Certainly, her training as a medic has helped her as a nurse, Johnson said, but her military service helped to prepare her for the health care field in other ways. For instance, she said, she had to be familiar with many rules and regulations as a service member, and the health-care arena requires that same attention to detail with policies, procedures, regulations and laws.
Over at Dignity Health’s Mercy Medical Center in Sacramento, nurse manager Ericson “Alvin” Fernando displayed much the same ready grasp of detail when questioned. Neither he nor Johnson nor Galante struggle, as many people do, with recalling dates or time-frames.
Fernando served in the Navy from 2004-2009, he said, though for a year of that, he volunteered to attach himself to an Army unit in Iraq. He completed his enlistment in the Navy Reserve from 2009-2012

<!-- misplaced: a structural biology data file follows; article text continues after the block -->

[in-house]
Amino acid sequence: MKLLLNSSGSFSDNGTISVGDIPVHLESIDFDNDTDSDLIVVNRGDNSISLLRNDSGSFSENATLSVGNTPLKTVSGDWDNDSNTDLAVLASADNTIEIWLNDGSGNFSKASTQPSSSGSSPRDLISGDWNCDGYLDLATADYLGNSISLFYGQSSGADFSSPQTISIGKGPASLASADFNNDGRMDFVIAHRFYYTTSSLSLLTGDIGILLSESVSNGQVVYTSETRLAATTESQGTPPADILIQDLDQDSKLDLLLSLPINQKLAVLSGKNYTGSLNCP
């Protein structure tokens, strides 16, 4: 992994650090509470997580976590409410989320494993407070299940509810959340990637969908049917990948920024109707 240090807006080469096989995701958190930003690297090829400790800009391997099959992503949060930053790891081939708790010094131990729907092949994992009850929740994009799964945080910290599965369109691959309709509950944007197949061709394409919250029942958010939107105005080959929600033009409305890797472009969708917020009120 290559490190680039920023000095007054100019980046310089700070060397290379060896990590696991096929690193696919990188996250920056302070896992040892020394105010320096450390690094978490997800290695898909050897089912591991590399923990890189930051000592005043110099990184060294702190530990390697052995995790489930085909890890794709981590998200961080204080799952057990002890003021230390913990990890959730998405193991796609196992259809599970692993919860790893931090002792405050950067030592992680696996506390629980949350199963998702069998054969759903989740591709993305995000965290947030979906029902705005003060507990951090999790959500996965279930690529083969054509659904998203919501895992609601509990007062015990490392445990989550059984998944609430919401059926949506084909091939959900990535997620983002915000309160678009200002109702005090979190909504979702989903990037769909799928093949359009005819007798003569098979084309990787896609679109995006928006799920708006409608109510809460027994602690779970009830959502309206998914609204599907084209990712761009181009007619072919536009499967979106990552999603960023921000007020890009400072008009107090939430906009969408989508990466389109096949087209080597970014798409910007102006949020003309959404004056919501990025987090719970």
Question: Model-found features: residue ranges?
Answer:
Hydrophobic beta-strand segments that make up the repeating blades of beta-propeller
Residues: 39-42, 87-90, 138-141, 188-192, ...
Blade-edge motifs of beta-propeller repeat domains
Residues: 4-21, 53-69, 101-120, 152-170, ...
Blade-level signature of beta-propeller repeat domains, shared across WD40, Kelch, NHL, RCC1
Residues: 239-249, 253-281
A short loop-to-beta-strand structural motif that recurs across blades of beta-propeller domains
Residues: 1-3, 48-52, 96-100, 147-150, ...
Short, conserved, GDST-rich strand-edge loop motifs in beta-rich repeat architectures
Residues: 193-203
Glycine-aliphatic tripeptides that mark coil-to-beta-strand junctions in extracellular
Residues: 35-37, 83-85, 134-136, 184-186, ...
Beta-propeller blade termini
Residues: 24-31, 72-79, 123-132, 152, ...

He and his wife Xuan have been married for 18 months, he noted, but he’ll happily translate that to days or hours if his interviewer would prefer. And, the couple’s first child, Aiden Xander, is due in 40 days.
He’s been in his current role as a manager in the acute surgical unit for 362 days, he said, and on Veterans Day, it will be a year.
His military service taught him to set goals and to devise plan, he said, and then to come up with a backup plan. It also taught him to maintain his composure, he said, because, if he could, then those around him could as well.
“It may be chaotic,” Fernando said. “It may be hectic. We’re going to remain composed, and we’re going to continue to care for our patients.”
Each in their own way, Fernando, Galante and Johnson all emphasized caring. It’s what has fueled their desire to serve their country and to serve their patients, they said.